The Man Behind the Music: Pyotr Ilyich Tchaikovsky
The Man Behind the Music: Pyotr Ilyich Tchaikovsky
Ballet fans and music enthusiasts alike enjoy Pyotr Ilyich Tchaikovsky’s ballet scores, from The Nutcracker to Swan Lake. However, Tchaikovsky is somewhat of a controversial figure. His life was full of emotional turmoil, and his music was called melodramatic and even vulgar by critics. Nevertheless, his mastery and impact on ballet scores are undeniable. According to the iconic choreographer George Balanchine, “They say that Tchaikovsky is great at nothing but wonderful melodies. That’s not true! He intertwines his melodies in complex ways, he practically builds Gothic cathedrals out of them, harmonizing inventively, bringing them through different tonalities in a masterful way.” Read on to learn about Pyotr Ilyich Tchaikovsky’s turbulent life and his iconic ballets!
Tchaikovsky was born on April 25th, 1840 in a small Russian industrial town called Kamsko-Votkinsk. Enchanted by music, it was not long until Tchaikovsky began writing his own compositions; he composed his first piece at the age of four with the help of his younger sister Alexandra. At the age of five, he began formal piano lessons. Despite his obvious interest in music, his parents hoped he would pursue a more stable career and sent him to the Imperial School of Jurisprudence, a boy’s boarding school in St. Petersburg, at the age of ten.
Tchaikovsky in 1870
Education and Early Career
Desiring to honor his parents’ wishes, Tchaikovsky resigned himself to an administrative job. He worked diligently as a clerk at the Ministry of Justice for several years. Still, he couldn’t keep himself away from music and took classes at the Russian Musical Society in his free time. Eventually, Tchaikovsky decided to follow his passion, and in 1862, he left his job and enrolled as a full-time student at the St. Petersburg Conservatory. He attended the school for three years, studying harmony and counterpoint with Nikolay Zarmeba and composition and instrumentation with Anton Rubinstein (a famous pianist). While at the Conservatory, he taught music lessons to other students to make ends meet.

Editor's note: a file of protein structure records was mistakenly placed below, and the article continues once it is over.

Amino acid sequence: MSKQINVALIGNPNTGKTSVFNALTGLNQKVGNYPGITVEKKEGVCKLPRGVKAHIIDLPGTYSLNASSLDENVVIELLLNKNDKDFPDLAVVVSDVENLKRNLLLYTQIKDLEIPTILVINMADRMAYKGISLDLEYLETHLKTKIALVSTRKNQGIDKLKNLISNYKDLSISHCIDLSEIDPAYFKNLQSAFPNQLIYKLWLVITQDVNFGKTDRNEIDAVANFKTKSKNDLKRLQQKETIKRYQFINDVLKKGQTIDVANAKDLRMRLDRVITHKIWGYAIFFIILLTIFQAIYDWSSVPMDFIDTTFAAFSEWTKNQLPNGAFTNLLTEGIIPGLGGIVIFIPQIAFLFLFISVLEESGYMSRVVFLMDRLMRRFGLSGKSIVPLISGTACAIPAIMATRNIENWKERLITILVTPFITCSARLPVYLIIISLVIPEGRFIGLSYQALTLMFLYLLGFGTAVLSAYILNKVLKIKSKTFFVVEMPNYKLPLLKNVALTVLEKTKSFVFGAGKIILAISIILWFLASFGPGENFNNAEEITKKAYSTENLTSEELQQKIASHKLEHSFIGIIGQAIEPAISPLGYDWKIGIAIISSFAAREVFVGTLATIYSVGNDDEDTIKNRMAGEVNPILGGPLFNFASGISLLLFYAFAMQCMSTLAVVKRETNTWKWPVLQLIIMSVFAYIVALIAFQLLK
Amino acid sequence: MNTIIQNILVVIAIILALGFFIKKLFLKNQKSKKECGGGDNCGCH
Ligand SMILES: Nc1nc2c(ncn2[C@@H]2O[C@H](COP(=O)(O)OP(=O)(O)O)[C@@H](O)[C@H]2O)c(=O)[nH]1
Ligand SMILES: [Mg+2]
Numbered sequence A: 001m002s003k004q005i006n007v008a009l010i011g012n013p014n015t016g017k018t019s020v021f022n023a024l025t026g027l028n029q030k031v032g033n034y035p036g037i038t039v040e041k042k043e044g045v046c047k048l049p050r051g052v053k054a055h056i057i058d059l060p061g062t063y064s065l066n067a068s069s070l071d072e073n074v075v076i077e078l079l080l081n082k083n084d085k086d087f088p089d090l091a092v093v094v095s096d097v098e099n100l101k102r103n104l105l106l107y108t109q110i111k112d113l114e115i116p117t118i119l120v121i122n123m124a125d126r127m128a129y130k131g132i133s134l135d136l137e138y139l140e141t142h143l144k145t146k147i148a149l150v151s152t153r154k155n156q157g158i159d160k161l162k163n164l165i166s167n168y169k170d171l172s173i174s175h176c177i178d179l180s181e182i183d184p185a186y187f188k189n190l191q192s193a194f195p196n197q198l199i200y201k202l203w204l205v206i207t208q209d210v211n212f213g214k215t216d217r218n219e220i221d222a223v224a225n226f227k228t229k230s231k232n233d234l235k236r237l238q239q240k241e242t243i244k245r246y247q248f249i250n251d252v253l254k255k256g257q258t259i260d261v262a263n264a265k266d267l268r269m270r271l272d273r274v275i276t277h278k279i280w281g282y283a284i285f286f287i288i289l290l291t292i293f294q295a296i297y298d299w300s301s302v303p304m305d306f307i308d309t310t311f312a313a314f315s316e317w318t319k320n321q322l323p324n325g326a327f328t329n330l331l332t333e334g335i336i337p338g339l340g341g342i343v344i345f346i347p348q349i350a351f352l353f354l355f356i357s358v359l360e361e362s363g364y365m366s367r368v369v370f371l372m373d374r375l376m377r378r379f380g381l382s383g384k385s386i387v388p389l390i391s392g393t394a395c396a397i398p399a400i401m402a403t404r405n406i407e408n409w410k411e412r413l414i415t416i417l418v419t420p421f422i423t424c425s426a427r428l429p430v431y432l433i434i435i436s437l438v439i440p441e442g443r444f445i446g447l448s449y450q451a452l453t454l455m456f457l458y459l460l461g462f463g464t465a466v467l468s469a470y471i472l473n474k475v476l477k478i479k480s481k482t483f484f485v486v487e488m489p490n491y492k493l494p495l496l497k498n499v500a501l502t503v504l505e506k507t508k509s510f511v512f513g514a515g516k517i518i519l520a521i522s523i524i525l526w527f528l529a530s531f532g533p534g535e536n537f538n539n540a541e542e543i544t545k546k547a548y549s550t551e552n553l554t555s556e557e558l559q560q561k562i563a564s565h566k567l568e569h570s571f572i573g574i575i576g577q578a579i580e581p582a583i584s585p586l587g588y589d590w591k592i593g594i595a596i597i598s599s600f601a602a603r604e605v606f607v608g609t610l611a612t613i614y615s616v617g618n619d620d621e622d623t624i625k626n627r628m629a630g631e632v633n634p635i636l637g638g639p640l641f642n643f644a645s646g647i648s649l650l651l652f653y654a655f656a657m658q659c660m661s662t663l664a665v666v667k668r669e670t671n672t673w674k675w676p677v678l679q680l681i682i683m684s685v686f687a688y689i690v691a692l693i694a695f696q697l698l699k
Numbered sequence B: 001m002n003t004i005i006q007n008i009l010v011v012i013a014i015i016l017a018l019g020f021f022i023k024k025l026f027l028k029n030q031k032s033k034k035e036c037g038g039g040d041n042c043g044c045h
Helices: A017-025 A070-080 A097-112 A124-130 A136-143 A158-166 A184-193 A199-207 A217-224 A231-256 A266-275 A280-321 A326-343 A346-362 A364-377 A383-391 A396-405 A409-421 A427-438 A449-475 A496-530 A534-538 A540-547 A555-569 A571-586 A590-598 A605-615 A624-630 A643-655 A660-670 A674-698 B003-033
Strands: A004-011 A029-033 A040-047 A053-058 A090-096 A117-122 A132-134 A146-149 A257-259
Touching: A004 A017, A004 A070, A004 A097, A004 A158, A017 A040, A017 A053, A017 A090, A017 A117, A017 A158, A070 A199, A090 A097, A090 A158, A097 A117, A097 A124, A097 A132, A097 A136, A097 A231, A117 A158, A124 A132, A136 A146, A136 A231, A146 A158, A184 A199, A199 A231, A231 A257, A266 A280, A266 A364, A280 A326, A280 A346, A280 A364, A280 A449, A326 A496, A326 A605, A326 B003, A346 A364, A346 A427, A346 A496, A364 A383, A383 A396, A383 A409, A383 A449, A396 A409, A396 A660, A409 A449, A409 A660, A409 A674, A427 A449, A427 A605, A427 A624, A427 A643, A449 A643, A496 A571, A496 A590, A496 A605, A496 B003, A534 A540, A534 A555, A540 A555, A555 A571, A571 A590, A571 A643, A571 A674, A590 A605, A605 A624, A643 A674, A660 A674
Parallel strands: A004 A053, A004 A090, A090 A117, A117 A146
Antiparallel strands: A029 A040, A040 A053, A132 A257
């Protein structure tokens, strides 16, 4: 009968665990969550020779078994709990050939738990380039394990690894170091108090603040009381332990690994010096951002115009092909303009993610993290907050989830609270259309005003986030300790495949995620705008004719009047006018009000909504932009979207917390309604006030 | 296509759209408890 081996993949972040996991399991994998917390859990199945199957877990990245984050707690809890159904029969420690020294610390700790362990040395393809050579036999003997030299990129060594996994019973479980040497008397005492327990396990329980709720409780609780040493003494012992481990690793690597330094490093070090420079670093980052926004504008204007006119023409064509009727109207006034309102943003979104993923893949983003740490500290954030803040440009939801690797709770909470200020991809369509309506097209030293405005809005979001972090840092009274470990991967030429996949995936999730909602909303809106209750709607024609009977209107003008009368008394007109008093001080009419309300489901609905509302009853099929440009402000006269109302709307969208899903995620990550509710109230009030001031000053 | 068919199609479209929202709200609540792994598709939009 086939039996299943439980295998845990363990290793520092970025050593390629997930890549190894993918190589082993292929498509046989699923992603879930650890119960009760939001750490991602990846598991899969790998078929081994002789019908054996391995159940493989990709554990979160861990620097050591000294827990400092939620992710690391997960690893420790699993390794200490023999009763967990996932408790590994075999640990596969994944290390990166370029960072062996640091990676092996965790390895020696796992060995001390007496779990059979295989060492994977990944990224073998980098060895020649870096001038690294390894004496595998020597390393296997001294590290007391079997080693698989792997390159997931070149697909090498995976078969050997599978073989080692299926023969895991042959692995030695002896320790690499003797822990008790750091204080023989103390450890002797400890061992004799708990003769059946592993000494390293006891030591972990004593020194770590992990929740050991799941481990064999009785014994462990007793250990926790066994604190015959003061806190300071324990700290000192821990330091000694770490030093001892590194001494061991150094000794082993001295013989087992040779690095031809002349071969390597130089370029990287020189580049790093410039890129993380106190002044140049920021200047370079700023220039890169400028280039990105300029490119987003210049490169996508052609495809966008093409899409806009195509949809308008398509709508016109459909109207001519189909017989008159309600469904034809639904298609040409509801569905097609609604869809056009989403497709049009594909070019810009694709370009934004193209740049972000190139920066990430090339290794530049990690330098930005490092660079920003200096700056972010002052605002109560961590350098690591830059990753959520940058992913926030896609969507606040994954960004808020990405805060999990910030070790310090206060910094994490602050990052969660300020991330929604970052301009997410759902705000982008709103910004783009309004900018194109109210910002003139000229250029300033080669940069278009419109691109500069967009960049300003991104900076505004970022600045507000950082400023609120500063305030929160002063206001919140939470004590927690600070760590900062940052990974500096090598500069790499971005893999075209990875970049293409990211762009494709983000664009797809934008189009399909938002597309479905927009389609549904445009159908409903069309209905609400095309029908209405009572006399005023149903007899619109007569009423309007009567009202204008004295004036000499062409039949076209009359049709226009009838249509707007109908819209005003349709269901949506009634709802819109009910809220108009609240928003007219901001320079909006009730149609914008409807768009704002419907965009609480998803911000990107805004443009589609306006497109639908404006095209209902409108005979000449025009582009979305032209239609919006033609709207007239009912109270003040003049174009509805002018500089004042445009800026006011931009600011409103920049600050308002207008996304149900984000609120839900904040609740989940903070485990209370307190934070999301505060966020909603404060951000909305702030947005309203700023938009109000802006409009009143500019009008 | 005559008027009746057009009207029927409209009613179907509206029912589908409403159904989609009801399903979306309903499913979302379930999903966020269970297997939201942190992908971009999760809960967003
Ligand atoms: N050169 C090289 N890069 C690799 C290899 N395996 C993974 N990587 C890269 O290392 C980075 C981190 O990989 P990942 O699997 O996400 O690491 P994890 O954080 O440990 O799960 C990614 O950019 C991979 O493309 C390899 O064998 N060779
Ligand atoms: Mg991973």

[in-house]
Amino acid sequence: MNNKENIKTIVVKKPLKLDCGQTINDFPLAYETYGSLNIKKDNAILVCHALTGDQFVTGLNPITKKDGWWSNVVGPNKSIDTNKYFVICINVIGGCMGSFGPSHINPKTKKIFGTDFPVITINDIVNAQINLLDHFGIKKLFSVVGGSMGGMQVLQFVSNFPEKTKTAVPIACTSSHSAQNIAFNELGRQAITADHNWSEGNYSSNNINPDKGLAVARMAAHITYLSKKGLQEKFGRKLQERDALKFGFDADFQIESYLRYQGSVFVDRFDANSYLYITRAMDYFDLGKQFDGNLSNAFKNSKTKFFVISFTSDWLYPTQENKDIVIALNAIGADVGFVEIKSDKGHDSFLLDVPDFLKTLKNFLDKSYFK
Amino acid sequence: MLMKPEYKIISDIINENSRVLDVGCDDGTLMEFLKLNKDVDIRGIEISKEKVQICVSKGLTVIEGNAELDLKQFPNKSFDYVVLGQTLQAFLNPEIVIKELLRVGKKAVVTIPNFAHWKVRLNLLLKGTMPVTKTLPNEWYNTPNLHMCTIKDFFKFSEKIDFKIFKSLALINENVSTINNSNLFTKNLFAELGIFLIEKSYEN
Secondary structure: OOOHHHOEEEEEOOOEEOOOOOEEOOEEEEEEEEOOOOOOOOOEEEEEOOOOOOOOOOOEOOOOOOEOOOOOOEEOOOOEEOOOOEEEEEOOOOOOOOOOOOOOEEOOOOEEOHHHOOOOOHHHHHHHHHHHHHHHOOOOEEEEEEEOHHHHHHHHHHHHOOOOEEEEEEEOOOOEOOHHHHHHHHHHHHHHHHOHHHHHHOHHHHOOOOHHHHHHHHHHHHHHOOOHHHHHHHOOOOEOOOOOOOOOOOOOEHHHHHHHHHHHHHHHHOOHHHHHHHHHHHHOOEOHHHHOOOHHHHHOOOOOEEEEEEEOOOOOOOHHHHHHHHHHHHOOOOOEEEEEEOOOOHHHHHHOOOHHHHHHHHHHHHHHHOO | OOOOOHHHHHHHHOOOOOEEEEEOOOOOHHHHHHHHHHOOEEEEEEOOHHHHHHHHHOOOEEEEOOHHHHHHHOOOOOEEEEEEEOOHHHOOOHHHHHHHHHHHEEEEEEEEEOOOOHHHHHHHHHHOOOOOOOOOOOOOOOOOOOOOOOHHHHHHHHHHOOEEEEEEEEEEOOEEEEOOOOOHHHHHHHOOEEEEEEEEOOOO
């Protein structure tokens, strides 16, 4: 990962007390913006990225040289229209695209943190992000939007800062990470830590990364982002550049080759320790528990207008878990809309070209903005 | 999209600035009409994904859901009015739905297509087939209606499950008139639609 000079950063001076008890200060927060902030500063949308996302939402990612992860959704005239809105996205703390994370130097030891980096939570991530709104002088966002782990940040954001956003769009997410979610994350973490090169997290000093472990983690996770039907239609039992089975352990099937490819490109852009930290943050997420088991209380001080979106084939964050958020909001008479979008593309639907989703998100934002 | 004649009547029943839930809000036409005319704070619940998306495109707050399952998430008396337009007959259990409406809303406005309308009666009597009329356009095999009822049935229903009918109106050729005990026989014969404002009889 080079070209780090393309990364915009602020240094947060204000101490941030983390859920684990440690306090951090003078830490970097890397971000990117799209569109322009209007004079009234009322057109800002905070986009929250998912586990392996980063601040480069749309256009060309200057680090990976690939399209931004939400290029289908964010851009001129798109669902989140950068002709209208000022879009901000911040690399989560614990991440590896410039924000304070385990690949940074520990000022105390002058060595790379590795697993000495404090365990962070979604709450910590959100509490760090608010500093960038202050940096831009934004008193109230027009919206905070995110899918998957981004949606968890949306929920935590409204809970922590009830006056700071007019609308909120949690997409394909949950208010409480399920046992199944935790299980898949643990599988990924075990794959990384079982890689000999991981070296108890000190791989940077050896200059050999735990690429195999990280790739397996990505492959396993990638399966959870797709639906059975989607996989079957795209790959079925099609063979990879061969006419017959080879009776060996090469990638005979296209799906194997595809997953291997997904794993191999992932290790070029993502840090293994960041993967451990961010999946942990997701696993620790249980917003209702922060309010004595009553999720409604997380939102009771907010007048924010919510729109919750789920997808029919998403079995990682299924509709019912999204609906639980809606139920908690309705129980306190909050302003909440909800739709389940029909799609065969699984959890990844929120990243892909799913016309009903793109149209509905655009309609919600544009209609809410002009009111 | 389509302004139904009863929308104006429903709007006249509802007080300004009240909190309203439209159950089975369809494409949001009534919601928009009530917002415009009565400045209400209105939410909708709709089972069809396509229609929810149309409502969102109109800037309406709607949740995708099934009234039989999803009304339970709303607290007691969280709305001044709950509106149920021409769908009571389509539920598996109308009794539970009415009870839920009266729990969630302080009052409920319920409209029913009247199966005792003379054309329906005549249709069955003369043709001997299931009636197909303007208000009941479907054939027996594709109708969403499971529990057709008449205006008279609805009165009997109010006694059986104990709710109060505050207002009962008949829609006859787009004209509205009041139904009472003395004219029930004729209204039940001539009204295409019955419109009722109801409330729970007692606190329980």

After graduating from the Conservatory in 1866, Tchaikovsky’s close friend and Anton Rubinstein’s brother, Nikolay Rubinstein, invited Tchaikovsky to teach music theory at the Russian Musical Society (later renamed the Moscow Conservatory). Tchaikovsky agreed and moved to Moscow, but he struggled with the position. He found teaching at the Musical Society difficult and put additional pressure on himself by composing profusely. He wrote his first symphony (Symphony No. 1 in G minor), first opera (The Voyevoda), and a remarkable overture (Romeo and Juliet) while teaching. Unhappy and overworked, he suffered from a mental crisis during this time.
The Rubinstein Brothers in 1910
Despite the strain, Tchaikovsky continued to write. In 1875, the director of the Moscow Imperial Theater commissioned Tchaikovsky to compose the score for Swan Lake. Tchaikovsky finished the score in just under a year, but he ran into conflict with choreographer Julius Reisinger repeatedly during the process. Swan Lake premiered in 1876 to middling success. The choreographer Julius Reisinger, a German, was relatively unknown, and anti-German sentiment was high at the time. In addition, Tchaikovsky’s score, which was the first of its kind, was considered unsuitable for dance. Still, Swan Lake was performed repeatedly and Tchaikovsky’s score would eventually become iconic.